Java language enumeration types have an
ordinal() method that returns the numerical position of each enumeration constant in its class declaration.
returns the ordinal of the enumeration constant (its position in its enum declaration, where the initial constant is assigned an ordinal of zero). Most programmers will have no use for this method. It is designed for use by sophisticated enum-based data structures, such as
The Java Language Specification, §8.9, "Enums" [JLS 2013], does not specify the use of
ordinal() in programs. However, attaching external significance to the
ordinal() value of an
enum constant is error prone and should be avoided for defensive programming.
Noncompliant Code Example
This noncompliant code example declares
enum Hydrocarbon and uses its
ordinal() method to provide the result of the
Although this noncompliant code example behaves as expected, its maintenance is likely to be problematic. If the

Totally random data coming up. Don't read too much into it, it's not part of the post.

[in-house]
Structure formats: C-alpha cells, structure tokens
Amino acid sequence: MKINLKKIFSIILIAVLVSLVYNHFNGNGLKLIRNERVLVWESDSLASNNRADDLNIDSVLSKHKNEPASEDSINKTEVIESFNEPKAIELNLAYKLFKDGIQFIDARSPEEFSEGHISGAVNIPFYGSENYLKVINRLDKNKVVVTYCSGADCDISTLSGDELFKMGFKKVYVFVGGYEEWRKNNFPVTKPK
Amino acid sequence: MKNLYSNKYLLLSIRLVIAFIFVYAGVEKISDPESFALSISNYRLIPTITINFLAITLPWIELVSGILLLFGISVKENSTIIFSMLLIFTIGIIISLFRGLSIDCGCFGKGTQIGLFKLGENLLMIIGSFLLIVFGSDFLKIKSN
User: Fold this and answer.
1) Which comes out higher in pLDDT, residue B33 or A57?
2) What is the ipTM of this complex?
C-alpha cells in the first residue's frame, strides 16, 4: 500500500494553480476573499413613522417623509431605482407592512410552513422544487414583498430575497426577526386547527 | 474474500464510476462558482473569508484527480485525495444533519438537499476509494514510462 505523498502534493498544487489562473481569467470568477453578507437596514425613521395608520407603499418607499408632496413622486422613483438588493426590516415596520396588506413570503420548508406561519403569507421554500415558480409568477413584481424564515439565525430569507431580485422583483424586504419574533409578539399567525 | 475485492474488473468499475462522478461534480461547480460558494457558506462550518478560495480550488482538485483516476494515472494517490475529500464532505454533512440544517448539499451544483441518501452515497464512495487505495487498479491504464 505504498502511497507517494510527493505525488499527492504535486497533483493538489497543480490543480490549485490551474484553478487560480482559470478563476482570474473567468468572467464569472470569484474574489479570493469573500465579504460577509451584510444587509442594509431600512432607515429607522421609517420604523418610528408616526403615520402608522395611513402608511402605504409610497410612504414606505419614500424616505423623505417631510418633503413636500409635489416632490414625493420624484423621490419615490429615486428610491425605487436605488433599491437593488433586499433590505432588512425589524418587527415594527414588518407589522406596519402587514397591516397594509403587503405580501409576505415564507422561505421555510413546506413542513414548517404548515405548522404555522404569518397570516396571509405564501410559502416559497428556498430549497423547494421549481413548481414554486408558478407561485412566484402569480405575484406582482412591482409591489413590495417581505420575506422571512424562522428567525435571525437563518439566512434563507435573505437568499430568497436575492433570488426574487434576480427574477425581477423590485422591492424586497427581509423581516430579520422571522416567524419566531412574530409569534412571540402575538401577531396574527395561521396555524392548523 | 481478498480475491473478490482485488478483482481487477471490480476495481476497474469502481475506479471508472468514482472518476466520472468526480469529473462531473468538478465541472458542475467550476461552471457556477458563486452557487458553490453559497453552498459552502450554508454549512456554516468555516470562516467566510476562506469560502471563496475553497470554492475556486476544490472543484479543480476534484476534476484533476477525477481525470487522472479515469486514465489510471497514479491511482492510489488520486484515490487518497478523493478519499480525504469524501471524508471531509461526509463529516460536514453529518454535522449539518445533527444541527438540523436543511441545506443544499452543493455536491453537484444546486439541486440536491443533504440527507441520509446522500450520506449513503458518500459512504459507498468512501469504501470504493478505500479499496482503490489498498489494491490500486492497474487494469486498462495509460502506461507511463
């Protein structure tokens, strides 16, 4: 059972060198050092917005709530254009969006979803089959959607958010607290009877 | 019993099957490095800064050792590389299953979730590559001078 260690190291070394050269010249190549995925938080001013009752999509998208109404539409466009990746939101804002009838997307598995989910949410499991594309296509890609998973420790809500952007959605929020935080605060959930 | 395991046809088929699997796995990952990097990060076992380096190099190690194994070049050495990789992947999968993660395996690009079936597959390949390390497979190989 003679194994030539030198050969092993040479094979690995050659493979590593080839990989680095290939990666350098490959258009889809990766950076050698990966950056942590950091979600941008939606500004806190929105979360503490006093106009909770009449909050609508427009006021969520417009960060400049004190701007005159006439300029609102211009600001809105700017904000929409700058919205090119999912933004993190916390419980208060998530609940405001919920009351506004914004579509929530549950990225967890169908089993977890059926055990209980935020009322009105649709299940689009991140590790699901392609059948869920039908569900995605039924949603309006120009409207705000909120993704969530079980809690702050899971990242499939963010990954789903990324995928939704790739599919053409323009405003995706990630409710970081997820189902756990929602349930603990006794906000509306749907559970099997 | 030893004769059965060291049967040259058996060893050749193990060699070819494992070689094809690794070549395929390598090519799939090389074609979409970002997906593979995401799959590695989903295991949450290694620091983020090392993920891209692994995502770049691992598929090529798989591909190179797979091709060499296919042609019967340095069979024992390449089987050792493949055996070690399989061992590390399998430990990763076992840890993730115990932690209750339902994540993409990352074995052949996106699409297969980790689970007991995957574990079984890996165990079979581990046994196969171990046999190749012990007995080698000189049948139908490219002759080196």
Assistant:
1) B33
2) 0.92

enum constants were reordered, the
getNumberOfCarbons() method would return incorrect values. Furthermore, adding an additional
BENZENE constant to the model would break the invariant assumed by the
getNumberOfCarbons() method because benzene has six carbons, but the ordinal value 6 is already taken by
In this compliant solution,
enum constants are explicitly associated with the corresponding integer values for the number of carbon atoms they contain:
getNumberOfCarbons() method no longer uses the
ordinal() to discover the number of carbon atoms for each value. Different
enum constants may be associated with the same value, as shown for
BENZENE. Furthermore, this solution lacks any dependence on the order of the enumeration; the
getNumberOfCarbons() method would continue to work even if the enumeration were reordered.
It is acceptable to use the ordinals associated with an enumerated type when the order of the enumeration constants is standard and extra constants cannot be added. For example, the use of ordinals is permitted with the following enumerated type:
In general, use of ordinals to derive integer values reduces the program's maintainability and can lead to errors in the program.
|[Bloch 2008]||Item 31, "Use Instance Fields Instead of Ordinals"|
|[JLS 2013]||§8.9, "Enums"|